Trying To Catch With No Glove
The trunk of my car has become a dusty den for baseball equipment. Every now and again I get adventurous and dive into it to try to secure some long cast-off relic of diamond lore, only to get distracted by the tokens of my past that lead me down memory lane like bread crumbs. If I ever have a flat tire, my plan is to simply abandon the car rather than try to sort out all of my trunk treasures to get to the spare tire.
Amidst the gathering of gear sits no fewer than three sets of catcher's equipment. Complete with mask, chest protector and shin guards they remain at the ready to enter the fray at any moment. But they don't. They remain in the trunk. A hidden away gem of potential protection. They are designed to transform the pint-sized catcher into a fearless gladiator clad with armor of plastic and metal. As they collect dust in the back of my car, they remain plastic and metal but they are far from providing defense. The bits of athletic armor offer the promise of deflecting fastballs and foul tips but remain little more than a theory. They are a likely source of usefulness on the baseball field that are yet unrealized. They could as easily be on the shelf of the used equipment store as in my possession – their impact is the same.
What I see often in my own life and in the life of others is that there is a correlation between the tangible yet ineffective catcher's gear in my car and the true yet unused presence of our spiritual protection. You see, when I trot a kiddie catcher out on the field, I don't send him out there with a, “Go get 'em! Don't be afraid of the ball! I have equipment in my car that is designed to protect you!” I put the equipment on him! I make sure he knows how it fits. I make sure it's snug. I make sure he knows how to use it – when to take off his mask, how to properly use the chest protector to block a bad pitch. Simply, the presence of protective gear is pointless unless the little guy uses it.
In Ephesians 6:10-20 Paul takes on the stance of a coach or manager, as it were, to explain to his beloved Ephesian friends that they are in the game! (That may be the first step. We're not all spiritual Little League right-fielders that should have to be reminded that there is a game happening.) And not only are they in the game, there is an opponent! And that opponent will stop at nothing to win. There is no sportsmanship in him. BUT, they have at their disposal protection against every kind of offense the opponent may try to use against them. Not only that, but they have an OFFENSIVE weapon to use against him so that, at the end of the game there will be one combatant standing and one defeated. If they use the protection given to them, they will “be able to withstand in the evil day, and having done all, to stand firm.”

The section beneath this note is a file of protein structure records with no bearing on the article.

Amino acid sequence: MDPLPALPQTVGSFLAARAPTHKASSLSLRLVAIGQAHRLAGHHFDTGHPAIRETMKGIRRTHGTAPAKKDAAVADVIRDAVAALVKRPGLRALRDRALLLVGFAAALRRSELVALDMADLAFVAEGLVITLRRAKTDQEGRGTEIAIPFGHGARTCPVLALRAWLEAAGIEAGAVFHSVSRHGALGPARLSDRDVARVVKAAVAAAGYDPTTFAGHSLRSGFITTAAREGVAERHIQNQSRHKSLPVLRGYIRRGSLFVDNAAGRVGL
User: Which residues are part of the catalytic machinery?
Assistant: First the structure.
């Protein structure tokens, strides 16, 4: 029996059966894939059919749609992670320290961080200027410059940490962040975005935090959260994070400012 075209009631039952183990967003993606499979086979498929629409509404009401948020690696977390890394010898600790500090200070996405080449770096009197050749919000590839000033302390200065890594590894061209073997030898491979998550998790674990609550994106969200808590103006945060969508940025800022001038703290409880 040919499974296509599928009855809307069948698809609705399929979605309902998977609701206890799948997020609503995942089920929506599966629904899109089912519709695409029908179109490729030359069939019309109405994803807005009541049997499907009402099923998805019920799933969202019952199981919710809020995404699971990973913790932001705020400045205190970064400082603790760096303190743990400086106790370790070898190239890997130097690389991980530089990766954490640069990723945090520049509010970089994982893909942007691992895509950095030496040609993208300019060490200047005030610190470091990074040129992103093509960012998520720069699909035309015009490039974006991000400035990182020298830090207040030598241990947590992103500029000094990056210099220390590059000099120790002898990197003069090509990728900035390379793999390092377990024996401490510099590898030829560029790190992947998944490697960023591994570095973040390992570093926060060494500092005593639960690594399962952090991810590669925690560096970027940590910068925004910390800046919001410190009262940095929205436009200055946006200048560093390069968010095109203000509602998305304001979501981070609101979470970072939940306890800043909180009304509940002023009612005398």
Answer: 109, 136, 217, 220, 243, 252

The analogy of a baseball game to the spiritual battle is a pretty weak one. We don't shake hands after our spiritual battle in a show of sportsmanship. The victor of the spiritual battle doesn't get a trophy, they get life. The loser is destroyed. But that makes it all the more important that we understand the importance of having not just knowledge of our spiritual armor, but that we USE it. The fact that there is protection against all of the adversary's tactics is of no benefit if it is merely a theory. If I send my big boy backstop out to play and he squats behind the plate without his equipment – he's going to get ABUSED! He will take so many shots off of his chest, arms and face that he will come back to the dugout, shoot me a nasty glare through partially swollen eyes and leave the field thinking that is what baseball is like. In the spiritual battle, we may have a similar experience if we take to the field unprotected and unaware while dusty armor rests in the trunk of our memory.
Let us be aware of the battle and stand in the protection of the “strength of his might.”